Gold mining to radiation risks and shows the complexity of the occupational risks faced by miners, both from the products they mine, the processes they use and the other products they encounter as they mine. Kusiak et al studied mortality in 54,128 men who worked in Ontario mines between 1955 and 1986. Most of these men worked in nickel, gold, or uranium mines; a few worked in silver, iron, lead/zinc, or other ore mines. The researchers excluded deaths that occurred after a man had started to mine uranium, and found “an excess of lung cancer among the 13,603 Ontario gold miners. The excess mortality from lung cancer in the gold miners was confined to men who began goldmining before 1946. In the gold mines each year of employment before the end of 1945 was associated with a 6.5% increase in mortality from lung cancer. The excess of lung cancer mortality in Ontario gold miners is associated with exposure to high dust concentrations before 1946, with exposure to arsenic before 1946, and with exposure to radon decay products” (Kusiak, Springer et al. 1991). In terms of this review, the most disturbing feature of this study is its evidence of the complex and long term impacts of multiple exposures of miners on their health, and the fact that the impacts of past exposures may be felt long into the future of a miner’s life.
Bharat Gold Mines Limited(BGML) and workers health and safety
The closure of the Bharat Gold Mines Limited (BGML) in April 2000. The once buzzing township , given the name of ‘Little England’ , largely because of the presence of many Anglo-Indians, turned completely lifeless. The Kolar Gold Fields (K.G.F)township, with its population of 1.2 lakh, which till then depended on BGML for survival, found it hard to adapt to the harsh new reality.The closure affected every aspect of life and the physical environment too. The local economy shrunk, and people started migrating to neighbouring cities in search of jobs. Former workers say they had no alternative means of earning a livelihood. But this was just the beginning. The deadly silicosis disease struck the town, making the people’s lives even more miserable. The gold mining process at KGF generated about 32 million tonnes of tailings called cyanide dumps. Years of inhaling the gold dust aggravated the silicosis ailment among the former workers and their families living close to the site. Since 2005, the disease, it is said, killed over 100 people in this town, the highest incidence reported in the state. With their own lives a shambles, workers hoped their children, armed with an education they themselves did not get, would build new lives. They now see that dream being shattered, under the threat of nuclear waste dumping.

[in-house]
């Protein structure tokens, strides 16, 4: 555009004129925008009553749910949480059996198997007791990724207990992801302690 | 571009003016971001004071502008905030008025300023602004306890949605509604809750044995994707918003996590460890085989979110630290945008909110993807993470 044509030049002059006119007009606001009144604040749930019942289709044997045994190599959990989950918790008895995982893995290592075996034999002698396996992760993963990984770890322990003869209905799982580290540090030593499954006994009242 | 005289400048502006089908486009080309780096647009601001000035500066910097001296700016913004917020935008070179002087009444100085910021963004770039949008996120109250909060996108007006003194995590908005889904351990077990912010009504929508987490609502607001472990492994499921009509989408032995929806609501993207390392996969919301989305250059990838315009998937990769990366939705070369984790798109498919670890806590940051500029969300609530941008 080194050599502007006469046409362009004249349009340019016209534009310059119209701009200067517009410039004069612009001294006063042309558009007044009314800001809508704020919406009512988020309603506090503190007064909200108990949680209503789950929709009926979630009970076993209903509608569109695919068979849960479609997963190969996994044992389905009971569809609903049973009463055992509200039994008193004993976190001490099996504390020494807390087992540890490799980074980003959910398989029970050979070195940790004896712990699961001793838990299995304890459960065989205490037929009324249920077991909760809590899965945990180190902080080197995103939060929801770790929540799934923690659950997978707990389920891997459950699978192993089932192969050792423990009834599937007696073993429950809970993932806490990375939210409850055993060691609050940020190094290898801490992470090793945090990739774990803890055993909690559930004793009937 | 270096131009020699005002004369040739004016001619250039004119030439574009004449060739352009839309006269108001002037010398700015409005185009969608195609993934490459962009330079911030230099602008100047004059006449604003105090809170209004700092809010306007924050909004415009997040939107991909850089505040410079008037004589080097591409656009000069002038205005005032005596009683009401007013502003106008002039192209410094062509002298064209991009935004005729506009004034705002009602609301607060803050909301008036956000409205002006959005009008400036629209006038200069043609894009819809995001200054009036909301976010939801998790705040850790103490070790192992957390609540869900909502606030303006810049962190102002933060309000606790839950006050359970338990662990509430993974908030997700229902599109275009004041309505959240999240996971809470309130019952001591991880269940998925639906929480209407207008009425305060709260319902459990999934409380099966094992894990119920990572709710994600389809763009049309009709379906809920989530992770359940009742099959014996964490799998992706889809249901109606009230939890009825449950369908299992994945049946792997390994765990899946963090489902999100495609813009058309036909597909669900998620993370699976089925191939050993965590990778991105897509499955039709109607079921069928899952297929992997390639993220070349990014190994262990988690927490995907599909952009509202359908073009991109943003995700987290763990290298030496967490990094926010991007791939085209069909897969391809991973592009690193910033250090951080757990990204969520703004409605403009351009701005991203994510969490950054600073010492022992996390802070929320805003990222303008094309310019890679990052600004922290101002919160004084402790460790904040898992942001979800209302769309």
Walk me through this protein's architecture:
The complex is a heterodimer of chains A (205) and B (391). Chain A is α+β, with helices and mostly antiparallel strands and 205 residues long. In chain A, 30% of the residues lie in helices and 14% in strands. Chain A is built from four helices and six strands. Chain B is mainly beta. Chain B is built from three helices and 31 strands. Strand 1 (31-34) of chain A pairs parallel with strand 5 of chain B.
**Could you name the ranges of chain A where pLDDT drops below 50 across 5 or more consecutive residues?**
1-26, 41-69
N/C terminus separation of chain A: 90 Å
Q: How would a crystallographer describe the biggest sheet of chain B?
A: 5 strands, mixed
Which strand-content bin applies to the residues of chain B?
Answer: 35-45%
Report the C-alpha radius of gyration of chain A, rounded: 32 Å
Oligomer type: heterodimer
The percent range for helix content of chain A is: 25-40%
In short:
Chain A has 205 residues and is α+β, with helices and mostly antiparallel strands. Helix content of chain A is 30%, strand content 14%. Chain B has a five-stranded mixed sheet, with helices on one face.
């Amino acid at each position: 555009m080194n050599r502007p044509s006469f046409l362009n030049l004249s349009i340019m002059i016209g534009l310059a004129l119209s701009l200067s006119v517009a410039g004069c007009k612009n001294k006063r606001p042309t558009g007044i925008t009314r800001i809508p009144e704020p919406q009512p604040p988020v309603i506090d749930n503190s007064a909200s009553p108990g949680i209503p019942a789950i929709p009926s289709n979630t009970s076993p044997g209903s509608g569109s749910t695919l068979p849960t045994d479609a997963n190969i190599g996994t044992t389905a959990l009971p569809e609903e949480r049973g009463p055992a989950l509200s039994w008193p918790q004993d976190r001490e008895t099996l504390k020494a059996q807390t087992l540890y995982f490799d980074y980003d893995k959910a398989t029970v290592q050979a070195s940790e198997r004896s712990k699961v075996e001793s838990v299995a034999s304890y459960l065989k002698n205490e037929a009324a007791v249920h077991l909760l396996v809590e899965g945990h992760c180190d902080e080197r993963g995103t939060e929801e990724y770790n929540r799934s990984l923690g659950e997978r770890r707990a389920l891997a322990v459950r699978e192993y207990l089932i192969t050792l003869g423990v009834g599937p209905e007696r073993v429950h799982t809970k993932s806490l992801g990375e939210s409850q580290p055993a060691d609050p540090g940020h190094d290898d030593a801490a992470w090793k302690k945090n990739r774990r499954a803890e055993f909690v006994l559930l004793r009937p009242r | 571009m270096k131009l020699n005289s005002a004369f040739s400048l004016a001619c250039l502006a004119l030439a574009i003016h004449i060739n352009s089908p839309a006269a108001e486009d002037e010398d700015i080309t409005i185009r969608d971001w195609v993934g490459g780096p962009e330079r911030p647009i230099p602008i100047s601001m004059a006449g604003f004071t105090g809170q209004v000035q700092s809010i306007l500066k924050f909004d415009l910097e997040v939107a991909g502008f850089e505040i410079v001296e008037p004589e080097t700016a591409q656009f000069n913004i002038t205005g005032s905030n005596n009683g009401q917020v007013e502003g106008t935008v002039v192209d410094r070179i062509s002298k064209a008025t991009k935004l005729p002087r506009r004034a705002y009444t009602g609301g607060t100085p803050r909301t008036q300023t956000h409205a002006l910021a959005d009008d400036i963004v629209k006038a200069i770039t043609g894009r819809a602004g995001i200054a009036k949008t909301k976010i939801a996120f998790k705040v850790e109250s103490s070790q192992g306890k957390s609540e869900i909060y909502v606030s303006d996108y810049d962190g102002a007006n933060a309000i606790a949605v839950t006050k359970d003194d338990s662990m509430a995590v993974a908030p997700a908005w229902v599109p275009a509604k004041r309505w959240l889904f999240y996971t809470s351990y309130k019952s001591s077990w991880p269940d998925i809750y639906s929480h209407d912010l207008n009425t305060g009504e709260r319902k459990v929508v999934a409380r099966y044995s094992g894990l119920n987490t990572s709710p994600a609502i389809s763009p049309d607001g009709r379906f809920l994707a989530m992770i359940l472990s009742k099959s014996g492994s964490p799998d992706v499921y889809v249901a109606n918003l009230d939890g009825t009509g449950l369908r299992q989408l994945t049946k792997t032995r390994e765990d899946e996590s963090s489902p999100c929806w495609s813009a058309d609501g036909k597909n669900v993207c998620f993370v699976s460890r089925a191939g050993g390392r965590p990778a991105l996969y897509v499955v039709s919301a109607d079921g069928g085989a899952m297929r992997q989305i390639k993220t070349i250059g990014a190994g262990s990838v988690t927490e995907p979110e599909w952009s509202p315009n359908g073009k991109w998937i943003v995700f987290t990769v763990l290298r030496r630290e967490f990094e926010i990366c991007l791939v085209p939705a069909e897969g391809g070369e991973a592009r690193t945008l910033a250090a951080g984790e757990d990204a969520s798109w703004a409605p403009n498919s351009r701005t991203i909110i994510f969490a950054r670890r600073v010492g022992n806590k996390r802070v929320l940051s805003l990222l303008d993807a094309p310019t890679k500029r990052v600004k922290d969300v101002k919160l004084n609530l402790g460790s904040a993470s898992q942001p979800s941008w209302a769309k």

In recent times, health of the miners became focus of attention after mining of gold started in India at Kolar Gold Fields in Karnataka. Occurrence of Silicosis was first reported in India by C Krishnaswami Rao in the year 1934 from Kolar Gold Fields. The historic study on Silicosis (1940 to 1946) by Dr. Anthony Caplan and others consisting of 7643 workers of Kolar Gold Fields detected 3472 workers suffering from Silicosis. The study remains one of the most pioneering work in the field of dust diseases and “Caplan Syndrome” was first described during this study. The study also formed basis for Mysore Silicosis Rules and other legislations relating to detection and compensation of occupational dust diseases in India.
The study was conducted in the Bharth Gold Mines Limited in the BGML quarters 2172 inmates have been accommodated. For the purpose of the study the researcher has interviewed 50 respondents who were willing to share their experiences. Among them the researcher has presented three case studies.
Objectives of the Study
Case study 1
Ponnuswamy (name changed) aged 68years stayed at Urigam mines, he was married at the age of 25 years with Saroja, ten years younger than him. The couple did not enjoy their life because they spent most of the time quarreling with each other. Misunderstandings, lack of communication, conflict were common in their marital life. The couple could not have any children as there was no relationship at all between the couple because of some personnel problems. Ponnuswamy had a petty business of his own after closure of mining, he is earning little bit income to lead his life and his wife was also employed in a garment industry. After closure of mine he upset and depressed. Became the ponnuswamy sick by health problems majorly he is suffering by lung problem. Societal blame, isolation, loss in business made him to get addicted to the consumption of alcohol. He began to consume alcohol throughout the day. He loses interest in his business and started of drinking. He left mining area to forget the incident, started his journey towards Bangalore to job. He is working as a painter and earning money and daily he is committed to alcoholism. Presently, he has not adjusted himself with the family and friends. He feels sad for not having any of the family members to look after him. Ponnuswamy is having hoped the company will reopen and the government will settle the problems.